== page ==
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I'm currently renovating my house and my first project is the doors. I've got some panel doors with very small edges, and I want to keep these edges nice and sharp.

I've put my paint skills to use and made a cross section (not to scale) of the (trim?) of my door. The red corners I want to keep sharp but it's quite easy to accidentally round them and the green corners are difficult to reach.

I can manage quite well by hand but I've got 11 doors like this and am thus looking for tools which will make my life easier. I have got a rotary tool and was looking at sanding cones:

However these are not readily available in the Netherlands nor do i know if it is the best attribute to use.

Some advice as how to best sand this would be appreciated.

Please note that I want to stay clear of chemical removers because scraping away the paint from this seems like a rather tricky thing. So I am mainly looking for sanding tricks which won't wear me out. However, if there is no better way I'll have to try it out.

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    I hate to say this (I harp on about this a lot here) but this sort of issue a prime reason not to sand. Chemical strippers are the #1 way to remove old finish, especially if it has built up thickly which is typical of interior doors in a home. If strippers are not an option, and you can't have the doors done commercially (stripped in a dipping tank) then heat guns would be something to look at before even considering sanding. – Graphus Aug 1 at 16:17
  • @Graphus is right in general about sanding, but having recently stripped decades of lead-based paint and varnish from an exterior panel door, there are just going to be crusty bits in the corners that the stripping process just wasn't able to soften and remove; at least there was for me. I ended up using sanding sponges judiciously, along with careful application of a very small scraper/knife to "pop" some of the crusty out, and round the rest down. – jdv Aug 20 at 20:34
  • @jdv, buildup in corners can be a bear! Out of curiosity, how many times did you strip and what stripper were you using? – Graphus Aug 20 at 21:32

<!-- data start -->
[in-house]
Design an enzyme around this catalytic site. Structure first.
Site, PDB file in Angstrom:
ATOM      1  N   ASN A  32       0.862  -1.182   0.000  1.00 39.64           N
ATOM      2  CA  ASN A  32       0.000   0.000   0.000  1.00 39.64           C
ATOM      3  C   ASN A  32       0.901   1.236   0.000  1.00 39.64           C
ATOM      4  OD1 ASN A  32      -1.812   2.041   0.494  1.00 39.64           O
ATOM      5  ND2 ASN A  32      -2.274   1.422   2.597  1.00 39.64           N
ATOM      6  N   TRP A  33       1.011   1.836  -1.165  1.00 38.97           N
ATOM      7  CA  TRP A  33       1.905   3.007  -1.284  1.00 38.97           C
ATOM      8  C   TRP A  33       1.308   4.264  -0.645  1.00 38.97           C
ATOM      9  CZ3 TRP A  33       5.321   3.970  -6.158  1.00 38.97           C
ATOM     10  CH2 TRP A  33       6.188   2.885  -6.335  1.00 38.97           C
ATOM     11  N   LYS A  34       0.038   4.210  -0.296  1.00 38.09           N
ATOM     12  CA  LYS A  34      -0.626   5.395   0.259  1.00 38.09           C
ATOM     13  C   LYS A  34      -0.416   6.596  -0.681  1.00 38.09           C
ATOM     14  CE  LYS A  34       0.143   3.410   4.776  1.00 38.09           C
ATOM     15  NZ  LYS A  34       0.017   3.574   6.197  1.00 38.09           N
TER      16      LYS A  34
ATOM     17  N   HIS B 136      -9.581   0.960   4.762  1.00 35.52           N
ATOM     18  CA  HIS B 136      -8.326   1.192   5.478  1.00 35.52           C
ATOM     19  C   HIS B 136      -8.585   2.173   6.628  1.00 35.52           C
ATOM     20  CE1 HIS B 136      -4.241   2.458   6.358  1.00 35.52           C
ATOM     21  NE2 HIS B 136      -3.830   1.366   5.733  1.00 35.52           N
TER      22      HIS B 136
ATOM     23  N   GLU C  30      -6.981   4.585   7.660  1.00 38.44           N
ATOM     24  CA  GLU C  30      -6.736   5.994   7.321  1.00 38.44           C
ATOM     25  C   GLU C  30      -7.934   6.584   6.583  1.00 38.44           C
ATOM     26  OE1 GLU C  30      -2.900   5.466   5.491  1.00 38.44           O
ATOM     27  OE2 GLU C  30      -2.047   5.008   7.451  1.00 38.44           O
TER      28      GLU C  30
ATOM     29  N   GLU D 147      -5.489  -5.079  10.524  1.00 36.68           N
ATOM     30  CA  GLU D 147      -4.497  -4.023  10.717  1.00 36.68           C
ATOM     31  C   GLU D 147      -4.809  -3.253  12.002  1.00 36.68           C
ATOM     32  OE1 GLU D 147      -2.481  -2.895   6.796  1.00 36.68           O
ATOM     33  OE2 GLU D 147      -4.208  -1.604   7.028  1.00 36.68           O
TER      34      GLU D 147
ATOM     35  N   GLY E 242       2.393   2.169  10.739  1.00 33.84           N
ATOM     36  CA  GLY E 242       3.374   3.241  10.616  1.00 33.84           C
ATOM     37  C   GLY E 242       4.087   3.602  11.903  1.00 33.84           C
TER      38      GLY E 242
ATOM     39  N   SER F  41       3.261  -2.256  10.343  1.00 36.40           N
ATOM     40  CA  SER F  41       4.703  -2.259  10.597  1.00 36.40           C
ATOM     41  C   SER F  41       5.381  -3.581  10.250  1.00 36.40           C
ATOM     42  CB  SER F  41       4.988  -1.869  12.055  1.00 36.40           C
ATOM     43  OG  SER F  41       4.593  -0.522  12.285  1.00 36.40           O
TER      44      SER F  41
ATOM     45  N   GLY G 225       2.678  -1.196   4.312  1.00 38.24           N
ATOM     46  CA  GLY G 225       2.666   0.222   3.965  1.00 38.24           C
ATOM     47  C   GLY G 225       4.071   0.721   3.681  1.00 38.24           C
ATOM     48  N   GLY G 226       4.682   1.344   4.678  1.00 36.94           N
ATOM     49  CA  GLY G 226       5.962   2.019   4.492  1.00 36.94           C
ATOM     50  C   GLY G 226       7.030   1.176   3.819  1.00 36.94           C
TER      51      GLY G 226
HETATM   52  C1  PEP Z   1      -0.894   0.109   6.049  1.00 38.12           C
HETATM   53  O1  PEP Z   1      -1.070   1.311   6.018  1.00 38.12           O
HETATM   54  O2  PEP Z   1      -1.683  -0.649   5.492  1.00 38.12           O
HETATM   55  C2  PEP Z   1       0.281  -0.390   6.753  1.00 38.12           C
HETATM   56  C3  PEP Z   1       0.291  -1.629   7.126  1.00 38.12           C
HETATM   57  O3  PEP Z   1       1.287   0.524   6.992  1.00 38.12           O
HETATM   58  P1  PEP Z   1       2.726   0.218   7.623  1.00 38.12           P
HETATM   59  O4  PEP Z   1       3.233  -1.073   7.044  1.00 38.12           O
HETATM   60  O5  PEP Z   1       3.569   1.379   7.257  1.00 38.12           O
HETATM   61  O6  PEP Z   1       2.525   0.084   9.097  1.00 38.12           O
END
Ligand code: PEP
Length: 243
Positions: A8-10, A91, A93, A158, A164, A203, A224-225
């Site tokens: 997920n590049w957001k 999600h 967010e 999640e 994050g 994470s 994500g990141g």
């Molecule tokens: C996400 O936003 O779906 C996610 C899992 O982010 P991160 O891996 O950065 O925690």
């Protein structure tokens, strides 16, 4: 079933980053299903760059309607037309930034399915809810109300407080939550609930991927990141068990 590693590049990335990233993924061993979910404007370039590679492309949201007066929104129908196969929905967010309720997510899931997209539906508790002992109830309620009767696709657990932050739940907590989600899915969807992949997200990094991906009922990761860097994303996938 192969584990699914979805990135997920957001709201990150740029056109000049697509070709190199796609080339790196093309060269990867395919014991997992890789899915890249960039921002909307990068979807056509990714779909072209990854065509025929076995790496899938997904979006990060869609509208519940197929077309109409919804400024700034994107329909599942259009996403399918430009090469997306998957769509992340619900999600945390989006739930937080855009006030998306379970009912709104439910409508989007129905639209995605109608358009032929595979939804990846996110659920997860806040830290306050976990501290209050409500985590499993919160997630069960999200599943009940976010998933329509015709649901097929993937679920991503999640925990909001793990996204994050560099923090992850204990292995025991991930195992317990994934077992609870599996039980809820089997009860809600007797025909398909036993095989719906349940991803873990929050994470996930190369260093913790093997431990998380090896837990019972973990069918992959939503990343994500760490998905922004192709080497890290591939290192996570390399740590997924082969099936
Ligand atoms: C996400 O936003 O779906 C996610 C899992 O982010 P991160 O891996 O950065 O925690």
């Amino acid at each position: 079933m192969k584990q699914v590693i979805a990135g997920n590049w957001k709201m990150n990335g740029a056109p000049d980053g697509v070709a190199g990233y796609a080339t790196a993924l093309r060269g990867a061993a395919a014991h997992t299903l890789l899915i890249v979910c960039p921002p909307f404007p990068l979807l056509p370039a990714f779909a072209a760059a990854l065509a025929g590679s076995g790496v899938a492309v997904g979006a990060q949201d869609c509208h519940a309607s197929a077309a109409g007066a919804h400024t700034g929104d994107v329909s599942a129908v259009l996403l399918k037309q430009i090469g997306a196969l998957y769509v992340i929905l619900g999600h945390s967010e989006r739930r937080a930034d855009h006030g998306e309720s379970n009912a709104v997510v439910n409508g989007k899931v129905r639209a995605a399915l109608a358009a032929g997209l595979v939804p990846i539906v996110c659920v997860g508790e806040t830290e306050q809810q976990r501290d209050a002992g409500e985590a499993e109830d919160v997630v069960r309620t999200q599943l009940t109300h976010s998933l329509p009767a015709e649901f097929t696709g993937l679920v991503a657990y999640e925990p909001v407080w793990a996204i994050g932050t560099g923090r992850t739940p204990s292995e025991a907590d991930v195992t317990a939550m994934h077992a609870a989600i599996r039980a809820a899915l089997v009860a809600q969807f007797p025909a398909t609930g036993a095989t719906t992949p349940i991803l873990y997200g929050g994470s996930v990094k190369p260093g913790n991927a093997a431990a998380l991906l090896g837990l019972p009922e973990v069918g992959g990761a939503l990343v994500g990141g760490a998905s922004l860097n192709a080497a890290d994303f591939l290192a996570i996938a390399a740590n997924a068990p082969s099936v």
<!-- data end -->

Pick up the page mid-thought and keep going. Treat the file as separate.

• @Graphus I used the goopy "wrap it up in plastic, keep it wet" stuff. Maybe the "1850" brand I get here at Home Hardware, or their house brand. I ended up doing two full strips, though by the second time I was weary of the process. I probably should have just spot-treated the panels and crannies a third time. There was a lot of old paint and varnish on this door. I have second door to process like this, so I might have a better technique now. – jdv Aug 21 at 13:22
  • But there were "rolls" of crusty paint build-up where the panels met the moulding, probably from where the paint sagged during the several repaint jobs, that just wouldn't come off with chemicals. I had to knock them off with a small putty knife and then try to sand everything smooth. – jdv Aug 21 at 14:41
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One solution is to get some epoxy putty and press it into the molding you're trying to sand. Depending on the finish you might need some packing tape on the molding to make sure the epoxy doesn't stick to it. You can also add a wood block to the back to give yourself something to hold on to. Once the epoxy has cured use a spray adhesive to attach sandpaper to your new custom sanding block.

If you are willing to spend a bit of money you could also try attaching a (larger) block like this to a pneumatic straight-line sander. I don't think this would really be economical for the quantity you're talking about though.

You can also use spray adhesive to attach sandpaper to anything you think will get in the cracks you're sanding. Some good starters are putty knives, short sections of dowel, wood blocks, or flexible material like plastic from a 2-liter bottle (useful for faring small curves) or very thin plywood (useful for fairing bigger curves.)

There are also pre-made sanding sponges with various angles on them, but they seem rather expensive to me.

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I ended up using chemical strippers, all the sanding options above are good but with the thick layers of paint it was too strenuous. Still had to apply the chemical, strip it and apply it a 2nd time. For the small edges i used a special scraper for corners. I did run into 1 downside to this: i did damage the wood quite allot while scraping away the paint so i did have to do a lot of touchups with spackle. This might be because i was a bit too aggressive on the corners....

Hope this helps others

  • This sounds exactly like my own experience doing this! Once I repaint most of my sins should be hidden. But still. I think I could have stripped 3 or 4 times, and who wants to do that. Now I see why you can send stuff away for dip-stripping in a factory. – jdv Aug 21 at 17:18
  • Thanks for coming back to give us an update – FreeMan Sep 10 at 20:44

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